Numerous homes, landmarks, hotels, sporting venues, museums, bridges and stores temporarily install blue lights. Autism- It was EVERYWHERE I looked, assaulting my heart, reminding me over and over again that I was now part of this club I never wanted to be part of. I was so raw and it was all too soon to process. I didn't understand what it was- World Autism Day! Light it up blue! Was it a celebration? My new reality left me shaking and sick and absolutely unable to celebrate any source of my pain.
And last year as I teetered on the cusp of reality about Parker having autism, I was at no better place. Now, one year later I'm realizing I really don't know much about anything. Facts and feelings change in an instant. I take life day by day, and sometimes moment by moment when anything more is too much. We've had some hard moments, and some incredible ones as well. I can say without hesitation the good ones have so incredibly far outweighed the bad.
I probably won't light anything blue this year. I'll see how I feel next year. The good thing about feelings is that they always change. Autism awareness is daily for us. It sometimes happens during a trip to the grocery store or a visit to the park. It is always kind, and in turn, we have always been met with acceptance, patience and kindness too. This blog has been such a beautiful exchange of heart and friendship, and I love that we can talk about a lot of things. Every moment I have with you to talk about autism is not taken for granted. I am grateful for those of you who are not affected by autism in your daily life but are still here connecting with a deep sense of empathy. I am grateful for you Super Power Parents. You are fierce and scared and strong and hopeful with me. You remind me in my darkest hours that I am not alone. Together we are never alone.
At the end of the day, I think we all take care of each other. I think when it comes to the big picture, autism is about every one of us. If it hasn't affected you, it might in your future. Today the CDC (the Center for Disease Control and Prevention) released new data showing that the overall prevalence rate of autism is officially now 1 in 68. That's a 30% increase from two years ago (1 in 88). Better diagnosis is not the answer. I remember when autism first entered our lives, I felt like we victims randomly hit by a stray bullet. It's scary data, and we still have no concrete answers as to why.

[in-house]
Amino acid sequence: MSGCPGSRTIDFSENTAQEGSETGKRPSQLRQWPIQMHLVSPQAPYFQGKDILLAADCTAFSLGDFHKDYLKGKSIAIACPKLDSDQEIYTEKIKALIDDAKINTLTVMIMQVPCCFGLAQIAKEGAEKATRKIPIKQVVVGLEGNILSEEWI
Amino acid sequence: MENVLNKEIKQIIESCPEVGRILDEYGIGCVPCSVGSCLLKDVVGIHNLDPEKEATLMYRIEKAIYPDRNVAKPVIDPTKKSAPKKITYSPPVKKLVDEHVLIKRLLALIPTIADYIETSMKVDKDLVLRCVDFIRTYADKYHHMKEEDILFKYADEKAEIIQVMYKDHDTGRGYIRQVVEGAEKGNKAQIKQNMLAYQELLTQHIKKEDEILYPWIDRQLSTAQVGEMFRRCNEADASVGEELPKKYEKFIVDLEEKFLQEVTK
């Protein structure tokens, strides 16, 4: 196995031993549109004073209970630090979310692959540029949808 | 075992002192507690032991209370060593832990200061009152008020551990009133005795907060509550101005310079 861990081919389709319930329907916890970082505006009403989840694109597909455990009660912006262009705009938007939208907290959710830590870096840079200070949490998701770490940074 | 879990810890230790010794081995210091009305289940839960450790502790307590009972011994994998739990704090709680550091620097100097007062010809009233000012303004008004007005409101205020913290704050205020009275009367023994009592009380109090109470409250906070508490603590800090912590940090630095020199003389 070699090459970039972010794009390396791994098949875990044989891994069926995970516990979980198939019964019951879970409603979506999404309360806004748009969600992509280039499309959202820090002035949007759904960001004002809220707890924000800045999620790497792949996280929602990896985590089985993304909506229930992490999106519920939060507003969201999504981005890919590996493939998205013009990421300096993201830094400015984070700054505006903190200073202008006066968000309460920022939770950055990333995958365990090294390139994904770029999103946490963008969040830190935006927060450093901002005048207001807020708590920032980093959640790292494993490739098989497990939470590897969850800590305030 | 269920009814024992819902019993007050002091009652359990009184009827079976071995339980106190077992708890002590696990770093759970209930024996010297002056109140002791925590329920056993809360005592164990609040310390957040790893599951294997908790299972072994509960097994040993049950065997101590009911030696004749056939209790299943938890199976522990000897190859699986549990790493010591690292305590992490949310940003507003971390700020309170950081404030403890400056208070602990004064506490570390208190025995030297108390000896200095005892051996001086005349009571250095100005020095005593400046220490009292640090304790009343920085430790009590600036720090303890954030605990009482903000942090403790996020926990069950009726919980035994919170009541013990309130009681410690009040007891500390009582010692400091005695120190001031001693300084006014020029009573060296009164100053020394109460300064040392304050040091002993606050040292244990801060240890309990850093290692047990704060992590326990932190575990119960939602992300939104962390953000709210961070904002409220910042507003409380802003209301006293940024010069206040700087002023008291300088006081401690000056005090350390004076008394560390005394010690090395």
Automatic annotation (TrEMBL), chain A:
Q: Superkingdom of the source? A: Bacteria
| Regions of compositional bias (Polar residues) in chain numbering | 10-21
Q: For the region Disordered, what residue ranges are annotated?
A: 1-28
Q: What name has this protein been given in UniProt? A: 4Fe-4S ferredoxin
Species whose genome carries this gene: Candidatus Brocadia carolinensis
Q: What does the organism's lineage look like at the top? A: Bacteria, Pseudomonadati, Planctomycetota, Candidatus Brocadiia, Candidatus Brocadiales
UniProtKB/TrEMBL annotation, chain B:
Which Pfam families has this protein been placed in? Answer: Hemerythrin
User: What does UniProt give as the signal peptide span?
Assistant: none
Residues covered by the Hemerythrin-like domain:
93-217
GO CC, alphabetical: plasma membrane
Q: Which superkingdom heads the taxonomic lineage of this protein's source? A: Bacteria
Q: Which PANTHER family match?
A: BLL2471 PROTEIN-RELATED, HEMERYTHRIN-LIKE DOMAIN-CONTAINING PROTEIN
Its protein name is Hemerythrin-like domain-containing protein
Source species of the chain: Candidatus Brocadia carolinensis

You've shown me that autism can be substituted with so many other situations in life. Situations that make us grow and stretch and change and pray and cry and laugh. Situations that bring beauty to you in its rawest of forms. Situations that will make your cup runneth over and make you hit rock bottom- often in the very same day. No matter your joy or struggle, you are not alone. I hope you can feel that now.
It's easy to get caught up on the messy and complicated parts... on the future parts... on the why????? parts...on the murky and difficult and unexpected and uncontrollable parts... But it helps to remember that right now the life ride is still spinning before us, and if we aren't careful it will pass us by.
I think it's important to try and turn disappointment into beauty when we can. I was disappointed after writing the post wishing my boys and all children with special needs could take part in a national advertising campaign. You know- because Gap didn't call me instantly to book my handsome lads. And then I realized I don't need a big company to show me that children with special needs are beautiful. Even little old me has the ability to share the beauty of ALL children - so I am turning my disappointment into something beautiful.
Tomorrow at 3pm, I will be on Central Valley Today (K-SEE 24 NBC) to discuss the Beautiful Super Powers photo shoot on Sunday. I'm nervous. I'm excited- not just about tomorrow- about the future. I'll post a link after for all my friends from out of town unless I say really stupid things. And I can't WAIT until the photo shoot on Sunday. It's going to be a day full of magic.
And for those of you not on Facebook, I wanted to make sure you saw this.
We were at the mall last night and this was hanging larger than life in the window at Gap. I had seen it hanging before but didn't make the connection until last night when it hit me. That is Rj Mitte, from the show Breaking Bad and the ABC family show Switched at Birth. He has Super Powers in the form of Cerebral Palsy. I just stood there, in awe with the biggest smile on my face and a huge feeling of hope in my heart.
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